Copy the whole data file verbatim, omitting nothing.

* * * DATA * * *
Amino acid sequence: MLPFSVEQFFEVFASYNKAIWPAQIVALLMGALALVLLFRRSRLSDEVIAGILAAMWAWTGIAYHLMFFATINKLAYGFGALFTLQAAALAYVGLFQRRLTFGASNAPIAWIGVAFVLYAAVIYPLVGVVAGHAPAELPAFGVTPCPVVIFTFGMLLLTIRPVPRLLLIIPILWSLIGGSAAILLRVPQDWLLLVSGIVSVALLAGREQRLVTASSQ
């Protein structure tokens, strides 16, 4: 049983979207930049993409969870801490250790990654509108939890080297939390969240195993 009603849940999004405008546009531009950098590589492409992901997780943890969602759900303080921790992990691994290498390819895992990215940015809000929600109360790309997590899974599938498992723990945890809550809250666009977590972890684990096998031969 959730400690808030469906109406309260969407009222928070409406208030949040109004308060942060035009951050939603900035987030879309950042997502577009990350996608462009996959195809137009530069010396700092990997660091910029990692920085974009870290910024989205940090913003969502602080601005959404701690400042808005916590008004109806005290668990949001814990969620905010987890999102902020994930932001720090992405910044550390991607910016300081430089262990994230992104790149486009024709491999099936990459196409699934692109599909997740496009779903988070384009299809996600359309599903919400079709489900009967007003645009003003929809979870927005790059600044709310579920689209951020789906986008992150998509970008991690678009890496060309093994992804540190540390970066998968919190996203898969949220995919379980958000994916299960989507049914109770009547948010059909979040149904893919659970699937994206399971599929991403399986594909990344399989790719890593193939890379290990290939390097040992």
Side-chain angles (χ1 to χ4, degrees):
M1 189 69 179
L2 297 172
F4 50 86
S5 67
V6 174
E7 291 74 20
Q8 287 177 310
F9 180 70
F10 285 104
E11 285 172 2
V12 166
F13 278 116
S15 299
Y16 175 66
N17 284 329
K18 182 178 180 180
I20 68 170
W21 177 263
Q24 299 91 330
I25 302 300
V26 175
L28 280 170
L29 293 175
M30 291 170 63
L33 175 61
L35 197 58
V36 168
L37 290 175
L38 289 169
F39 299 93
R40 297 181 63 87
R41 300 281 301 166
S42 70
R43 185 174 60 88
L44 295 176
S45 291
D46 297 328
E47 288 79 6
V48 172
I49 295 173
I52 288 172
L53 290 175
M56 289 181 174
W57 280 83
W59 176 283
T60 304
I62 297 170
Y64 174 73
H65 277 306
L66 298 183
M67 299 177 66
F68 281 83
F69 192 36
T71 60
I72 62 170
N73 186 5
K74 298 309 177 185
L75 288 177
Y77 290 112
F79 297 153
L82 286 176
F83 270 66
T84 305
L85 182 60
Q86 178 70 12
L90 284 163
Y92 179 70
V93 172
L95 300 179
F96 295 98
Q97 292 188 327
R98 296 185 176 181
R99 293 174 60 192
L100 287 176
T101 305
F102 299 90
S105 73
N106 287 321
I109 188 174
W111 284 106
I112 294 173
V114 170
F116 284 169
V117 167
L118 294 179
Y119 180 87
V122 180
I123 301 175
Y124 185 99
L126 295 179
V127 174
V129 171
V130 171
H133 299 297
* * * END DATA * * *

Amino acid sequence: MLPFSVEQFFEVFASYNKAIWPAQIVALLMGALALVLLFRRSRLSDEVIAGILAAMWAWTGIAYHLMFFATINKLAYGFGALFTLQAAALAYVGLFQRRLTFGASNAPIAWIGVAFVLYAAVIYPLVGVVAGHAPAELPAFGVTPCPVVIFTFGMLLLTIRPVPRLLLIIPILWSLIGGSAAILLRVPQDWLLLVSGIVSVALLAGREQRLVTASSQ
């Protein structure tokens, strides 16, 4: 049983979207930049993409969870801490250790990654509108939890080297939390969240195993 009603849940999004405008546009531009950098590589492409992901997780943890969602759900303080921790992990691994290498390819895992990215940015809000929600109360790309997590899974599938498992723990945890809550809250666009977590972890684990096998031969 959730400690808030469906109406309260969407009222928070409406208030949040109004308060942060035009951050939603900035987030879309950042997502577009990350996608462009996959195809137009530069010396700092990997660091910029990692920085974009870290910024989205940090913003969502602080601005959404701690400042808005916590008004109806005290668990949001814990969620905010987890999102902020994930932001720090992405910044550390991607910016300081430089262990994230992104790149486009024709491999099936990459196409699934692109599909997740496009779903988070384009299809996600359309599903919400079709489900009967007003645009003003929809979870927005790059600044709310579920689209951020789906986008992150998509970008991690678009890496060309093994992804540190540390970066998968919190996203898969949220995919379980958000994916299960989507049914109770009547948010059909979040149904893919659970699937994206399971599929991403399986594909990344399989790719890593193939890379290990290939390097040992």
Side-chain angles (χ1 to χ4, degrees):
M1 189 69 179
L2 297 172
F4 50 86
S5 67
V6 174
E7 291 74 20
Q8 287 177 310
F9 180 70
F10 285 104
E11 285 172 2
V12 166
F13 278 116
S15 299
Y16 175 66
N17 284 329
K18 182 178 180 180
I20 68 170
W21 177 263
Q24 299 91 330
I25 302 300
V26 175
L28 280 170
L29 293 175
M30 291 170 63
L33 175 61
L35 197 58
V36 168
L37 290 175
L38 289 169
F39 299 93
R40 297 181 63 87
R41 300 281 301 166
S42 70
R43 185 174 60 88
L44 295 176
S45 291
D46 297 328
E47 288 79 6
V48 172
I49 295 173
I52 288 172
L53 290 175
M56 289 181 174
W57 280 83
W59 176 283
T60 304
I62 297 170
Y64 174 73
H65 277 306
L66 298 183
M67 299 177 66
F68 281 83
F69 192 36
T71 60
I72 62 170
N73 186 5
K74 298 309 177 185
L75 288 177
Y77 290 112
F79 297 153
L82 286 176
F83 270 66
T84 305
L85 182 60
Q86 178 70 12
L90 284 163
Y92 179 70
V93 172
L95 300 179
F96 295 98
Q97 292 188 327
R98 296 185 176 181
R99 293 174 60 192
L100 287 176
T101 305
F102 299 90
S105 73
N106 287 321
I109 188 174
W111 284 106
I112 294 173
V114 170
F116 284 169
V117 167
L118 294 179
Y119 180 87
V122 180
I123 301 175
Y124 185 99
L126 295 179
V127 174
V129 171
V130 171
H133 299 297